The Key to Happiness: A Profile with 2 Key Kids Workers

During my field experience with Key Kids at Washington-Kosciusko Elementary, I spent eight hours a week with elementary children. A lot happens throughout the day between the students and staff. I had the opportunity to sit down with two workers, lead staff member Sam and staff member Danielle, and find out their true feelings about the program. This is what they had to say.


Lena Zarate (LZ): How did you hear about Key Kids?      

Sam: I just needed a job, and it’s similar to what I did back in my hometown.

Danielle: One of my friends works here and since [Key Kids] was hiring, I applied and here I am.


LZ: What is your major?

Sam: I go to the tech school for ideography, so this work isn’t related to what I want to do in the future. 

Danielle: I’m a junior at Winona State and my major is Elementary Ed with a minor in Early Childhood.


LZ: Do you enjoy working here?

Sam: I really do enjoy it! It’s a hoot and a half!

Danielle: Yes, I love it and enjoy spending time with the kids.


LZ: How do you handle conflicts with the kids and between the kids?

Sam: That’s a very difficult question. I’m not really sure, I mostly just talk to them.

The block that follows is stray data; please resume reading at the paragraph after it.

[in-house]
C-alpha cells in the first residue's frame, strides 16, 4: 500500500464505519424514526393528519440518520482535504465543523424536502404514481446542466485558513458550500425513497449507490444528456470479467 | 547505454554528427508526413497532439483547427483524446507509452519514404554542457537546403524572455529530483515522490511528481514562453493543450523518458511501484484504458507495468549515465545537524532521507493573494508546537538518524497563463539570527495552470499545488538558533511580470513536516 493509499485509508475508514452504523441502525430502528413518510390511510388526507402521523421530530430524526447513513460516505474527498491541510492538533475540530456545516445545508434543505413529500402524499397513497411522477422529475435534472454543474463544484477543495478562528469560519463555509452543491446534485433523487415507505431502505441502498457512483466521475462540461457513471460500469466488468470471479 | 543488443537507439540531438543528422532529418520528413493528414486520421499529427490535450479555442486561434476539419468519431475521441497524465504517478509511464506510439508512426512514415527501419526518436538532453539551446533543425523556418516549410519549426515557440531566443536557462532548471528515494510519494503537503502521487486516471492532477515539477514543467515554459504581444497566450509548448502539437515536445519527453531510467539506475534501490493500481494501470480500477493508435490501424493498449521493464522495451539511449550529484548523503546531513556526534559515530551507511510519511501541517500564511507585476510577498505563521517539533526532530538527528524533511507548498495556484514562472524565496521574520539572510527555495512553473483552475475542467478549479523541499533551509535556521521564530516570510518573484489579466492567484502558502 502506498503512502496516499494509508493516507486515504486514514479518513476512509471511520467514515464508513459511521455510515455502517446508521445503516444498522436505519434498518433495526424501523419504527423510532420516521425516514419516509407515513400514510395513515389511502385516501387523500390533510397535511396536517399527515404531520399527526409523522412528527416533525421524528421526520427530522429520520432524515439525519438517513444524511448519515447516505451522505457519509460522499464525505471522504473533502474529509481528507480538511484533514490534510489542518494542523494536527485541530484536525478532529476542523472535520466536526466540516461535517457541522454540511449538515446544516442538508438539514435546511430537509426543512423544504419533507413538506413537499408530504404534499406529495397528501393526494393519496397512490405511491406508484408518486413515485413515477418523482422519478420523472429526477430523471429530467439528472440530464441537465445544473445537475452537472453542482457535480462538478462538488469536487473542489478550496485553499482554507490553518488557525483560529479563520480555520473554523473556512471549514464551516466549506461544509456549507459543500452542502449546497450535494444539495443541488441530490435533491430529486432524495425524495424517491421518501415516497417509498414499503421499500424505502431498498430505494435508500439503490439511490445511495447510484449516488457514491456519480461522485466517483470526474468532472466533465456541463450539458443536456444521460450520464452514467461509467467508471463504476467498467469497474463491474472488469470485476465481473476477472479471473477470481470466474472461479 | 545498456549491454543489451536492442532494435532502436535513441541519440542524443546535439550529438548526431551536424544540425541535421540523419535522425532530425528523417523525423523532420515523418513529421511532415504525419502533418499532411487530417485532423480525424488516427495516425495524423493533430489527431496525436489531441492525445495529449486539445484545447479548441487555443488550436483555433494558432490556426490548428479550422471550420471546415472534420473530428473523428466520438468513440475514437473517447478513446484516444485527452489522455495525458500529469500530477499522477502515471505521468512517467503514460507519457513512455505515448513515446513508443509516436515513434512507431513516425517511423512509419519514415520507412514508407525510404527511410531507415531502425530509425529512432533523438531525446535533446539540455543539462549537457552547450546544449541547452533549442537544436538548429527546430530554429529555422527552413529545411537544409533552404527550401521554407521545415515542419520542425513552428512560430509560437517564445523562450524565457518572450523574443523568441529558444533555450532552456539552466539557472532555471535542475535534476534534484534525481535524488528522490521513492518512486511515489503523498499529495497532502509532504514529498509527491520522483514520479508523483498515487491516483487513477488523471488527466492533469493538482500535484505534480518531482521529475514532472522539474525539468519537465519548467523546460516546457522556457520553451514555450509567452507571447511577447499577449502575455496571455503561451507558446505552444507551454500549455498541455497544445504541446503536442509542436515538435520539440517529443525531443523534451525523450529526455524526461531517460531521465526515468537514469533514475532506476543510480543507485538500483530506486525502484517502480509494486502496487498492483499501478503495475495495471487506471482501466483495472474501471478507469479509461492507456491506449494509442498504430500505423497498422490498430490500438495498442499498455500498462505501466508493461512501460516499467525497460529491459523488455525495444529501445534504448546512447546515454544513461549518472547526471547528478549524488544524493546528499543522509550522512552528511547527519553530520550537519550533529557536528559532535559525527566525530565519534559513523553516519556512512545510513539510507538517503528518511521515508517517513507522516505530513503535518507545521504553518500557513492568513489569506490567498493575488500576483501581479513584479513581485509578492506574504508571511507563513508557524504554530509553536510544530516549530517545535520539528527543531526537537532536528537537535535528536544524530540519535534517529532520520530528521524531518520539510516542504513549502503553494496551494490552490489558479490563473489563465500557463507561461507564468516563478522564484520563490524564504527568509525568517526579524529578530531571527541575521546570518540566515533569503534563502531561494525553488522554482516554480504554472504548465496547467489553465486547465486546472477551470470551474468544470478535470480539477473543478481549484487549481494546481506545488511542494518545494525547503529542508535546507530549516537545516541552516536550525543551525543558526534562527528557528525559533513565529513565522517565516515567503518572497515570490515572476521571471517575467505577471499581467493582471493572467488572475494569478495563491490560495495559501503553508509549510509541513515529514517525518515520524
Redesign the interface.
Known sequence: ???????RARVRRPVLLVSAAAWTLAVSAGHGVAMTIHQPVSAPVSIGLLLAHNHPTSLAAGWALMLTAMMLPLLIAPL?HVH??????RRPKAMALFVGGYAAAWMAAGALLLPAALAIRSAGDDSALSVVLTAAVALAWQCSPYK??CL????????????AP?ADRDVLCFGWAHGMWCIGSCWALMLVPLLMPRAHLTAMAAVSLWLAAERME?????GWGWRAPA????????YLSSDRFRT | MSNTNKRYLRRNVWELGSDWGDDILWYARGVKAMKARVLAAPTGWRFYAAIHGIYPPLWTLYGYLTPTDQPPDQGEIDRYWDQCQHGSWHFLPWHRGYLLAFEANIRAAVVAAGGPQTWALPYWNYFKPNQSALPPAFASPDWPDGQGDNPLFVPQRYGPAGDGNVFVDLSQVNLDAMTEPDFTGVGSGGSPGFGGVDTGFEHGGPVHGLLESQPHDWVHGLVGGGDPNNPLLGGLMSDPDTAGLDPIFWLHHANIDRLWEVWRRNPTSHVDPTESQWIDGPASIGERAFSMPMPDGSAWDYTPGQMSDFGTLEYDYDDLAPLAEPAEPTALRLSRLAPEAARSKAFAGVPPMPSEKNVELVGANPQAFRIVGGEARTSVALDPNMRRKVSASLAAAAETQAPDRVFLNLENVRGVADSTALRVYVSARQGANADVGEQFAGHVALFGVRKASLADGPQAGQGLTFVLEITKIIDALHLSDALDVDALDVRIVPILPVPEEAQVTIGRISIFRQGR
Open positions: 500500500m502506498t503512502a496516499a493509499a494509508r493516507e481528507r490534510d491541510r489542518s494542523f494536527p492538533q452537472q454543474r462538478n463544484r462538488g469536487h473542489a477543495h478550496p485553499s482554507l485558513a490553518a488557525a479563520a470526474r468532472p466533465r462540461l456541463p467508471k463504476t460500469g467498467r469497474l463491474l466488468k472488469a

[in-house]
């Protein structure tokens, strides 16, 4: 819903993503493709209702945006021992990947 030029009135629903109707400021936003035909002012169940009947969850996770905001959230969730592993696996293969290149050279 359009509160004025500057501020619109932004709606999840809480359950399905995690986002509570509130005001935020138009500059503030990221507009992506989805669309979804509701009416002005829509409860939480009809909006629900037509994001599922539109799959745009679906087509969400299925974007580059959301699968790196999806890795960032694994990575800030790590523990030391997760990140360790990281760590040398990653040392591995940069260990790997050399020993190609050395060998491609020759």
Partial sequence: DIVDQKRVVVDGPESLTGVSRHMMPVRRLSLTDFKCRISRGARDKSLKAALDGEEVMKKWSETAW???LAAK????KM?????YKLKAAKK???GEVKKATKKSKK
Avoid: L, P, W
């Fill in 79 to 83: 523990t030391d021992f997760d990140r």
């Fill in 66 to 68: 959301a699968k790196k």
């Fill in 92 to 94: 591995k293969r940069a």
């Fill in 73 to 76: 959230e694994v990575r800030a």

Danielle: We try to talk about it and work it out, I usually like to get both sides of the story and then I talk to them about how to properly solve the problem for the next time. If an apology is needed, I’ll ask them to apologize to the other child. The conflict between children and adults is handled as well as expected, but it’s tough. We just remind them that they need to respect the adults and listen to them. If a child has a strong relationship with another staff member, we’ll bring them into the picture and use that to our advantage.


LZ: Is this job related to what you want to do in the future?

Sam: No, not at all.

Danielle: Yes, I want to be a teacher, so it really helps with classroom management skills and it helps me get familiar with kids in a school setting.


LZ: What changes, if any, would you make to the program?

Sam: I don’t think I’d make any; it runs pretty well, and everything seems to be working the way it is now.

Danielle: I would just add more structure. I guess that’s about it.


LZ: Have you worked at any other school?

Sam: No, I’ve only worked here with these kids.

Danielle: No, just here.


LZ: Do you think Key Kids is accommodating for all the kids who attend?

Sam: KK is run through the city, and it is accommodating for all the kids. It provides beyond enough for them! The city provides care and financial assistance to keep the program alive.

Danielle: Yes, I think it’s well accommodated and a lot of kids’ [parents] don’t have to pay for it, since it can be funded through the state.


LZ: What would you say to someone who is considering working at Key Kids?

Sam: Definitely do it. It’s crazy, but it’s fun, and they keep you on your toes.

Danielle: It’s a lot of fun. But definitely be prepared, there are many ups and downs! Like I said, it’s really fun and the kids make it totally worth it. 


If you’re interested in working with children, check out Key Kids and search for any openings that you’d be the best fit for.